Infused within the months of October, November, and December is the holiday season. We as Christians seem to have a stark dichotomy in our approach to celebrating at least two of these: Christmas and Halloween. We can throw in the spring holidays of Easter (called Pasha) and Saint Patrick’s Day too. The disparity is that on one hand, many are complicit and capitulate to surrounding culture, which is surprising to me, but I’m also taken back that on the other hand, others hold such holidays in contempt. This may sound like I’m holding two opposing views at the same time, but I’m not. This is rather a false dichotomy. I think we ought to take a third way that has the biblical worldview as its skeleton.
The Two Main Positions
Often Christmas, Halloween, and Easter (often called Pasha) are claimed to have pagan roots. The argument goes that since they have pagan roots, we shouldn’t be celebrating and observing those holidays. We read in Jeremiah 10:2 “Learn not the way of the heathen” and Ephesians 5:11 “And have no fellowship with the unfruitful works of darkness, but rather reprove them.” The problem is that neither one of these passages are speaking of the above holidays. The Jeremiah passage is speaking of making idols from a tree and the second passage is talking about sin. Just read the context.
Now, even if the holidays once incorporated idolatry and sin, that doesn’t mean that is how we do the holiday today. Just because others sin, past or present, that doesn’t mean I have to apologize. In addition, those who aptly use the pagan roots argument are committing the logical fallacy called the genetic fallacy. A genetic fallacy is judging something as either good or bad based on where it came from. Now the point may be suspect, but it’s not automatically bad or good because of its origins. For example, a point isn’t untrue just because an atheist professor makes it. Volkswagen isn’t presently a bad company because of past Nazi connections. Sure, the professor may be wrong and VW may make poor cars, but that’s not necessarily because of atheism or Nazism.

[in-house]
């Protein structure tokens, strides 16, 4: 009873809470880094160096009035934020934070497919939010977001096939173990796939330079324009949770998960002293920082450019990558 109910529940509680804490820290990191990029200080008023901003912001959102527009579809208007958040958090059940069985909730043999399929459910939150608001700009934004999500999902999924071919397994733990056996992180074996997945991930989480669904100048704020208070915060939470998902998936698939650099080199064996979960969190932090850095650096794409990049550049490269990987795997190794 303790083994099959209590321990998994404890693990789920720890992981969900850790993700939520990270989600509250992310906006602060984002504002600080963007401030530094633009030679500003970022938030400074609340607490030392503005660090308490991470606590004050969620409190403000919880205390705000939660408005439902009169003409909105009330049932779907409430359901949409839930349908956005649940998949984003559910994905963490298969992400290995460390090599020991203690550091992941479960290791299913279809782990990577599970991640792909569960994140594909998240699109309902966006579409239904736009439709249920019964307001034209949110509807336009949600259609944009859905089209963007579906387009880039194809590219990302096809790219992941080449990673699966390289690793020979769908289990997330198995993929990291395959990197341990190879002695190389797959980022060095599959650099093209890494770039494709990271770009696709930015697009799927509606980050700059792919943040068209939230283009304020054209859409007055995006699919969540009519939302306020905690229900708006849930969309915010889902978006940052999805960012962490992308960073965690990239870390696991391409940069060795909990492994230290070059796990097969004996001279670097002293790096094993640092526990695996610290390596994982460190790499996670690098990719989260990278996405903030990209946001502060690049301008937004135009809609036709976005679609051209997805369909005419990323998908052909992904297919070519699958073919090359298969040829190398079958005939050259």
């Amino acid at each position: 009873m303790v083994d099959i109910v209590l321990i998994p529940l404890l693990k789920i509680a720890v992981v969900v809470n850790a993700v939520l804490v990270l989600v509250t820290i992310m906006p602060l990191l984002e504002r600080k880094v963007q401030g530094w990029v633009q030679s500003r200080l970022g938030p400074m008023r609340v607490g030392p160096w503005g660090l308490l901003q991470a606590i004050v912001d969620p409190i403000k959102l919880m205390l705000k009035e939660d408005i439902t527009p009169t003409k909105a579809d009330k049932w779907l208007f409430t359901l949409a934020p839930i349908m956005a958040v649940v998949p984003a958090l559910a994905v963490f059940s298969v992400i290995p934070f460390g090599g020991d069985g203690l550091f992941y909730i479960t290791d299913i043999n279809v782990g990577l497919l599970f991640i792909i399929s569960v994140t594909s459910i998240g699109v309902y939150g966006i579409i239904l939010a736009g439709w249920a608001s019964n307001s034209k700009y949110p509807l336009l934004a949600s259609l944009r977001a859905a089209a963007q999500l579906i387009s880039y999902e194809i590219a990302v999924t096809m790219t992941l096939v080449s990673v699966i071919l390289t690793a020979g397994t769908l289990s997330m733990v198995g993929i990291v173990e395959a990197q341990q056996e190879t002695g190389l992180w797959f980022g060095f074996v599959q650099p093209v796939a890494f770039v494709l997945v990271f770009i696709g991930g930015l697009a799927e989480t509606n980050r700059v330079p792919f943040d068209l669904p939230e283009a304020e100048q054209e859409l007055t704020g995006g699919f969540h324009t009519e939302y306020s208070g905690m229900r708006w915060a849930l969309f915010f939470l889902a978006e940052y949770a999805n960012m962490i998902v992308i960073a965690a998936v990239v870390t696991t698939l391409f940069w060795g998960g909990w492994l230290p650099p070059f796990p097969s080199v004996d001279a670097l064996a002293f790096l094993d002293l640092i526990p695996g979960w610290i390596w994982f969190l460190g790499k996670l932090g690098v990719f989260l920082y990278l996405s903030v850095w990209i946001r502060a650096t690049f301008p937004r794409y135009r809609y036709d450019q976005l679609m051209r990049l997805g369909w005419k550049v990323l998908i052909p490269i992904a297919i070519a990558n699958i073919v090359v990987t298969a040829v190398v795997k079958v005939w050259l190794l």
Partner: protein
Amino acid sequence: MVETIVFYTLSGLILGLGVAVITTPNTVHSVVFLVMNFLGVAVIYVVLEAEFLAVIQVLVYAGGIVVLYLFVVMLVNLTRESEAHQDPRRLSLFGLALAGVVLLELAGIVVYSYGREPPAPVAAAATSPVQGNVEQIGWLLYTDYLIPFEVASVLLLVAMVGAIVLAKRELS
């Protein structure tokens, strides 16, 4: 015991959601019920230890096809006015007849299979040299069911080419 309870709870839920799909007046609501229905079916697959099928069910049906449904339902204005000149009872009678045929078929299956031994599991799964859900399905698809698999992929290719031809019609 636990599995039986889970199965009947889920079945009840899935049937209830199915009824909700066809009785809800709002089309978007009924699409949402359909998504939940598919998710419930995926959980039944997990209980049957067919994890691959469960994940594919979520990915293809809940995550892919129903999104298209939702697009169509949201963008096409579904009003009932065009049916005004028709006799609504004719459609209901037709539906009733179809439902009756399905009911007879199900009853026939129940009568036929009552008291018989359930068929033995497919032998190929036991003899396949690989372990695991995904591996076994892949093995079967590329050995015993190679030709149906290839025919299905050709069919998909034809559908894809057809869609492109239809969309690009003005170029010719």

In addition, it is irrelevant if one of our holidays falls on or around the date of an ancient pagan or non-Christian holiday. Every calendar date could be tagged with at least one pagan or non-Christian holiday if we look hard enough through history and world culture.
Even though holiday origins are of little value, as I pointed out above, I wanted to note a humorous twist. In opposition to pop culture and mainstream thinking, these holidays have Christian roots, not pagan roots. I don’t have the space to show why here; I only note that to show another reason for the implosion of the pagan roots argument. I was humored when a “pagan roots” type of person switched his argument mid-conversation after I demonstrated the Christian roots of Halloween. The person then said it shouldn’t be observed because of modern paganization.
Now, the above concerned person does make a point that should be considered. What about the hideous, pagan, and ghoulish aspects of a holiday like Halloween? Why do some have such apathy towards these concerning things? Why do some capitulate to the freaky and morbid when it comes to the holiday? I’m a little surprised by how some Christian circles are so quick to celebrate the ideals of secularism and paganism.
In addition, why do we think of crazy costumes, jack-o-lanterns, witches, and trick-or-treating when it comes to Halloween? When we think of Christmas, why do we think of Santa becoming a chimney sweep in our modern, non-existent chimneys, elves on the shelves, and Rudolf’s red nose? Why are hidden eggs and bunny rabbits the first things to come to mind for Easter, and green clothing and bar hopping for St. Patrick’s Day? Jesus, making a different point, once said the children of this world are wiser than the children of light. Those of the world are making the impact, not Christians. So much so that the culture at large impacts us instead of the other way around. When these holidays come to mind, shouldn’t they scream Christianity? Have we as Christians failed to impact culture that much? Why do these things come to mind, not the Christian elements?